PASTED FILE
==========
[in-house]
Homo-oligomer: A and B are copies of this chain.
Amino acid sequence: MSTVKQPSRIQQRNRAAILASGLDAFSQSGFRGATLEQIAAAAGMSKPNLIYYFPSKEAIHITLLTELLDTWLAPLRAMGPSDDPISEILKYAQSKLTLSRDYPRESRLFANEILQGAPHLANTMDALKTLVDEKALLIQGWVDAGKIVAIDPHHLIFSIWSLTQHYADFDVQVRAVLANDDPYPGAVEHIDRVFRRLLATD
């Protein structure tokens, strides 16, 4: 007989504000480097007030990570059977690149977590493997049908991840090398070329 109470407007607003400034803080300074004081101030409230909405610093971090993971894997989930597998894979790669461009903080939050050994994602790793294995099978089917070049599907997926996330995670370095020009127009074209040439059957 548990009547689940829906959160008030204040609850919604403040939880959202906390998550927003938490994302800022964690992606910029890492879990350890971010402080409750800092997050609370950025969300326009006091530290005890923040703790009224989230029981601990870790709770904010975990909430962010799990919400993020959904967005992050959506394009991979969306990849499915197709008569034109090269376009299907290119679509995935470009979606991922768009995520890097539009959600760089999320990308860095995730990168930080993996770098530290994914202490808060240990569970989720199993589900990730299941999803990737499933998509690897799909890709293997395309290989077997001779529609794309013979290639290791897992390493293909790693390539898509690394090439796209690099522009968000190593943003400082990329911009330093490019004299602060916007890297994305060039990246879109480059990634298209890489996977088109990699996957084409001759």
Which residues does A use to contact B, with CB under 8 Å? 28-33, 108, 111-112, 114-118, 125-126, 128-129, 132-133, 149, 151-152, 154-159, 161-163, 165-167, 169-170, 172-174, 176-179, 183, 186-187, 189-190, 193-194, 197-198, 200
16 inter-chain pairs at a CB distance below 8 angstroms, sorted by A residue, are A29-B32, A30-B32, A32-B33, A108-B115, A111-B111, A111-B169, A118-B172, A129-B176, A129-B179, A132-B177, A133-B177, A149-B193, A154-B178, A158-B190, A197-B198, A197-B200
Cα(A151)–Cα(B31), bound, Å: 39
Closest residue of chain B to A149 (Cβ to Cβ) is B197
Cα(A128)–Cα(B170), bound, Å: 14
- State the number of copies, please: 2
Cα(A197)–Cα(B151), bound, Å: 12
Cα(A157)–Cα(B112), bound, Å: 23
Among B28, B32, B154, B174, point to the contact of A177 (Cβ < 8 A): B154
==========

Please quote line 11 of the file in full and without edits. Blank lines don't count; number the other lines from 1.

Cα(A197)–Cα(B151), bound, Å: 12